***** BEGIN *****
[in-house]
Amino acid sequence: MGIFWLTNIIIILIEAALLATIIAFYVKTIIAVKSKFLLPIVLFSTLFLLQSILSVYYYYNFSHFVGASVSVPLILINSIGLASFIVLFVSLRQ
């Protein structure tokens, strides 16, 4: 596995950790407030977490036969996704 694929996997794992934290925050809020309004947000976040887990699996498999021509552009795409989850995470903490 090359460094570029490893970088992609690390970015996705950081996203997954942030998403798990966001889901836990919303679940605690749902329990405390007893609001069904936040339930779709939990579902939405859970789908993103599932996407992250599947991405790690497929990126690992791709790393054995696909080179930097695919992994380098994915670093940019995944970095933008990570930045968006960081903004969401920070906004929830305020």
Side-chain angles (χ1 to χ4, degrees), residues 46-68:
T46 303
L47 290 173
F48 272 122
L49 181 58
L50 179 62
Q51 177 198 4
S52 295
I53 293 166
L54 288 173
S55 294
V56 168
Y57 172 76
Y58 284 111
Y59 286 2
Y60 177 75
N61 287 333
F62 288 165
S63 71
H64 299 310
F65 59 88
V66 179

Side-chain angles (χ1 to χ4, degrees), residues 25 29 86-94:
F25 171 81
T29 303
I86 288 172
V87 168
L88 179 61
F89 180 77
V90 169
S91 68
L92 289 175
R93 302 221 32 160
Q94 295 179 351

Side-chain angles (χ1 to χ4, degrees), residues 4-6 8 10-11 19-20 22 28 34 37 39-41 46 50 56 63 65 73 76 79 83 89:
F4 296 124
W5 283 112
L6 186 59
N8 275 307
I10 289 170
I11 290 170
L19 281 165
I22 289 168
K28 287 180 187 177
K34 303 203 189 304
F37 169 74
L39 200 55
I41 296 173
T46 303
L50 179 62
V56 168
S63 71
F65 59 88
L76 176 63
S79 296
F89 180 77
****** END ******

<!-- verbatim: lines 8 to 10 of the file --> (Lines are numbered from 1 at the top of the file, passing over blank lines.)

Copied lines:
L49 181 58
L50 179 62
Q51 177 198 4